Advantage Canada

In 2022, Canadian food and beverage exports grew at a healthy pace, at 14 per cent year-over-year, but food and beverage imports also increased, up 18 per cent. Changing multicultural demographics in Canada means international food imports are up. According to a recent Farm Credit Canada (FCC) report, expectations for 2023 are that grain and oilseed milling and meat product manufacturing will outperform plant-based protein products, seasonings, dressings. The report added that demand remains strong for ‘affordable, convenient, and sustainably produced foods’, and there is ‘strong demand for flour and edible oils from downstream food and beverage manufacturers.’ Specific to dairy alternatives, oat prices are down 40 per cent, which could make oat-made food alternatives more competitively priced.

Canada’s advantage lies in a traditionally strong land and natural resource base to source raw ingredients from farms, marine ecosystems, and forests. Canada is a leading producer of peas, lentils, flax, hemp, and oats, which increasingly is translating into value-added products such as protein isolates, starches, concentrates, flours, and fibres that are essential for a new generation of products. These lend themselves well to export markets seeking protein-rich foods.

Strong advances in the Canadian food ingredient sector have been driven by the government-backed efforts of Protein Industries Canada and Plant-based Foods of Canada that foster innovation in the ecosystem, especially over the past decade. Companies such as France-based Roquette Foods’ investment in Manitoba, as well as the establishment of Phyto Organix Foods and More Than Protein Ingredients (both in Alberta), are testament to ongoing efforts in plant-based food ingredient creation. It is also important to acknowledge industry challenges, such as Winnipeg-based Merit Functional Foods going into receivership in first half of 2023. A surge of effort by food ingredient companies, old and new including Ardra Bio, Genuine Taste, Mara, Bartek, Biofect Innovations, and Lallemand, are further evidence of an attuned industry seeking to bring valuable and functional ingredients to the marketplace, especially with the power of fermentation (both traditional and precision-based).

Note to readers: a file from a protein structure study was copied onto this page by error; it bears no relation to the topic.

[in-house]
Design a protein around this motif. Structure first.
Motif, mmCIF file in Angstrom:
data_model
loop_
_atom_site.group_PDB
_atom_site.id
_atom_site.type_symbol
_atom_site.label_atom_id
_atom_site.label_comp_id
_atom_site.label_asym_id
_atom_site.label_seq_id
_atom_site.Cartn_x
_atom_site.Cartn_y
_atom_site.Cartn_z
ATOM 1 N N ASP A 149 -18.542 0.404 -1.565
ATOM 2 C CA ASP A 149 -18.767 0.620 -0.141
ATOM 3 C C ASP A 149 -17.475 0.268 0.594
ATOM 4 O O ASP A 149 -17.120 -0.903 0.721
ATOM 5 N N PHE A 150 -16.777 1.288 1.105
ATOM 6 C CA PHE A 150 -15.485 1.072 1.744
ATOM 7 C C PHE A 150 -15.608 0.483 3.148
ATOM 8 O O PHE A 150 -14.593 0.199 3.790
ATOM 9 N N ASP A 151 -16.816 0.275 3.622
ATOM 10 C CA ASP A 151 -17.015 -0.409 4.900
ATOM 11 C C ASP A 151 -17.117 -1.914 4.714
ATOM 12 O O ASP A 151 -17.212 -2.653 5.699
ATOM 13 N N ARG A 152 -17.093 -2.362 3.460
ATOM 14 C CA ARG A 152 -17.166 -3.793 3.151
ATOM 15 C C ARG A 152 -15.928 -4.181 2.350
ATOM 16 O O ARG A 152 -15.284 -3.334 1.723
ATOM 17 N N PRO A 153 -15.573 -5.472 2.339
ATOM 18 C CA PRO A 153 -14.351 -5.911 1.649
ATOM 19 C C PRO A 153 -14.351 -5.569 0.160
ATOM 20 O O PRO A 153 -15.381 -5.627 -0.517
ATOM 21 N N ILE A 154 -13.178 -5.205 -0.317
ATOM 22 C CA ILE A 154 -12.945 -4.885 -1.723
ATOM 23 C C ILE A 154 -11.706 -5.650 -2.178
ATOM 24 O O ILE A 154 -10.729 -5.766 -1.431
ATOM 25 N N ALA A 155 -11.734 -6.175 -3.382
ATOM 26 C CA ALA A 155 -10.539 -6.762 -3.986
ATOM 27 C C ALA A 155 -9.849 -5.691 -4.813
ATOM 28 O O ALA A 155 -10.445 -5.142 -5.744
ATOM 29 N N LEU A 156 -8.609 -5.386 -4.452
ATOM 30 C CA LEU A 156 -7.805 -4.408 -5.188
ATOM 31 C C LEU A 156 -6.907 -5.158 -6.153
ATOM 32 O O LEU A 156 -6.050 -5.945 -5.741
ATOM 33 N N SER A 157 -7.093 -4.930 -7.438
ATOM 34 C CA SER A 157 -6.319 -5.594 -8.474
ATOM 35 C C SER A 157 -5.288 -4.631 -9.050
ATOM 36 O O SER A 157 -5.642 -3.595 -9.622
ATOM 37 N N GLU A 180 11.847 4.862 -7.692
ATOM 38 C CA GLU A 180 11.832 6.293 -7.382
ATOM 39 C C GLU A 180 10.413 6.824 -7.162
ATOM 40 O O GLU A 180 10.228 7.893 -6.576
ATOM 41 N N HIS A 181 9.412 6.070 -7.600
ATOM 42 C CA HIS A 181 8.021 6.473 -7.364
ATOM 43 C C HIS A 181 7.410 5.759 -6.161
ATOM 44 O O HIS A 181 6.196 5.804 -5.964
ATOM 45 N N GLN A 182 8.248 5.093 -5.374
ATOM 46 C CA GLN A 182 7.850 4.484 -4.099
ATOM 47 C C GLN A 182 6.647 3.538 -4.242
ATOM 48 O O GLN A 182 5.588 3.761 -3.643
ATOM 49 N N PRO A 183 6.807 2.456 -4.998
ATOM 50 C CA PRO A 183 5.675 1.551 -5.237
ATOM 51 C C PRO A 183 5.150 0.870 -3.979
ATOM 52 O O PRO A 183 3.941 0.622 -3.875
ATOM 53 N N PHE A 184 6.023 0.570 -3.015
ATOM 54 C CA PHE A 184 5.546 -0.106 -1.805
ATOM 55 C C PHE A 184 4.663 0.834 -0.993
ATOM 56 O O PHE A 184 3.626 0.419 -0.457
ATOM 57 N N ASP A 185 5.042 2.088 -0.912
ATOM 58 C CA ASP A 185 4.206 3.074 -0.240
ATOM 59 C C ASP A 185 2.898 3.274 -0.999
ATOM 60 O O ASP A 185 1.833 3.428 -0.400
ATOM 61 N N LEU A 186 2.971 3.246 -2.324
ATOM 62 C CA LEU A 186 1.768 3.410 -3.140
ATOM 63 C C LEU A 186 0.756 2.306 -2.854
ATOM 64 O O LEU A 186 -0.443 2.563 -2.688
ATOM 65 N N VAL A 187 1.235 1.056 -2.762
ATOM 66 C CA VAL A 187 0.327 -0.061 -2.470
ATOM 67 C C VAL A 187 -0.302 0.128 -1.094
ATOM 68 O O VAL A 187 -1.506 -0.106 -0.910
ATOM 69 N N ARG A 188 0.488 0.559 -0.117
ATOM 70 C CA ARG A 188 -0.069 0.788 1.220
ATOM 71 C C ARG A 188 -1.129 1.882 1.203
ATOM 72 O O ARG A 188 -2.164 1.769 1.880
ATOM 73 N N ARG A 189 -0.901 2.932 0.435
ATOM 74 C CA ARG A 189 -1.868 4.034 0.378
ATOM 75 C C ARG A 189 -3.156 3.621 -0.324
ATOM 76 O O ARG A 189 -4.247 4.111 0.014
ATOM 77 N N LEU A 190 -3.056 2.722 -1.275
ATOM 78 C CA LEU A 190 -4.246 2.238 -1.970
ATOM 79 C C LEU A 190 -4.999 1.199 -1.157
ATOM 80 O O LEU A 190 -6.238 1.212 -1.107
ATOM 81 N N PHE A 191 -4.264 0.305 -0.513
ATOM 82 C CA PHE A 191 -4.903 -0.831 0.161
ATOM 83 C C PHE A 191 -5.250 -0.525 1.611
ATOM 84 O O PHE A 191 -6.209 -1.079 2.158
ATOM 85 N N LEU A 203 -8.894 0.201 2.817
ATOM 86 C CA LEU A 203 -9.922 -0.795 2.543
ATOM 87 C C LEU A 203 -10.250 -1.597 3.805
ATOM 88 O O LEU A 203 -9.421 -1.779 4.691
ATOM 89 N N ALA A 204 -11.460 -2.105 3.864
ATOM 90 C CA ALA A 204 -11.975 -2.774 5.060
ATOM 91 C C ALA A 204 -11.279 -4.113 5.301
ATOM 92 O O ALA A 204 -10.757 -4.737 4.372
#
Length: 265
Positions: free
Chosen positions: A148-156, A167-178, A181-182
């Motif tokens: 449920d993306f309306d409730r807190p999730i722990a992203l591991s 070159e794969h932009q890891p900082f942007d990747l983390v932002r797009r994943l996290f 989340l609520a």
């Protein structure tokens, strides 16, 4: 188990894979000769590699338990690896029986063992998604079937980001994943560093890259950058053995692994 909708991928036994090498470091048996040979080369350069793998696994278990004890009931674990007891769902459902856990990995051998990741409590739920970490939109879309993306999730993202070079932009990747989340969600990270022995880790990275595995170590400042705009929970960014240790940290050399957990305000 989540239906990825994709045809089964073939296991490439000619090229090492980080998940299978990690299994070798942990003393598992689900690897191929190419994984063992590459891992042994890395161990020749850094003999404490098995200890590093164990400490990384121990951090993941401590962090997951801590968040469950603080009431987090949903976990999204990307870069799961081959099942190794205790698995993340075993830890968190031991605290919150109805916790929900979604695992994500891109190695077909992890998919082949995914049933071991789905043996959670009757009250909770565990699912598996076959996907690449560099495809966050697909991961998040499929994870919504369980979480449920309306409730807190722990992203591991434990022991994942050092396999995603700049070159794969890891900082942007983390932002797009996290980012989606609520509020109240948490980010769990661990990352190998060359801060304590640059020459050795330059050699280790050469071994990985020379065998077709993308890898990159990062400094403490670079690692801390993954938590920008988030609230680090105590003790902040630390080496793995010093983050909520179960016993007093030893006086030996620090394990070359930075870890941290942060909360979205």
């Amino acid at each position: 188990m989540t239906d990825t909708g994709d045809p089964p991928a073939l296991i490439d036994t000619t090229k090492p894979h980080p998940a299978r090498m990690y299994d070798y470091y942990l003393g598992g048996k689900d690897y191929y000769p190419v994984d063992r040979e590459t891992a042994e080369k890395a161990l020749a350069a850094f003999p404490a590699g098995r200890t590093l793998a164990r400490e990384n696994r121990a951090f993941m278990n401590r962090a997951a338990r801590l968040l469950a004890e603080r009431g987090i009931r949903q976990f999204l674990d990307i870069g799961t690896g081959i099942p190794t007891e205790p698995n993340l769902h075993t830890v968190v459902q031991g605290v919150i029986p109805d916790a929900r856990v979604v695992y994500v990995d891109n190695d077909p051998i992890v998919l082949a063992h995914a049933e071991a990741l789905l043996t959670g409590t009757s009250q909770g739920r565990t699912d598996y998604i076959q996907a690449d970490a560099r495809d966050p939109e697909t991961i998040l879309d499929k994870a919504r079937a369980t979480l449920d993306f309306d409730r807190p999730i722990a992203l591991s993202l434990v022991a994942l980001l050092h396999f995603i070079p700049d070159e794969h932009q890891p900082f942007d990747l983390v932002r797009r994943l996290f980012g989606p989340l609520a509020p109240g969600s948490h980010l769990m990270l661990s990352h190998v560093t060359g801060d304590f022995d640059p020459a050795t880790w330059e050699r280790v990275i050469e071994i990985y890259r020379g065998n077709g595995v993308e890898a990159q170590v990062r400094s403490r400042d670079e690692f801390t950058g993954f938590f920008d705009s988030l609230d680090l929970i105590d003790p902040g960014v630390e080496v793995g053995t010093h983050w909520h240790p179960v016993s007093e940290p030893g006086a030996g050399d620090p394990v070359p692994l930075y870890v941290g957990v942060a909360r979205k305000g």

These providers will need to conform to the diversity of consumer and business needs in export markets, whether in functionality such as emulsification, stabilizing, texture, colour, or flavour enhancement. If Canadian companies are to thrive, they need to understand these subtle nuances. Realizing these objectives with trading partners in both developed and emerging markets across the Americas, the E.U. and Asia, requires agile ecosystems, supply chain partners, government co-ordination, financing, and university and college researchers astute to market segments. Canada also needs to protect its reputation in food safety, traceability, and lend itself to articulating this among the health, pricing, and sustainability drivers of today’s food sector.

Mark Juhasz is CEO and founder of Harvest Insights. He has more than 20 years of experience in the agri-food industry. He can be reached at

This article was originally published in the October 2023 issue of Food in Canada.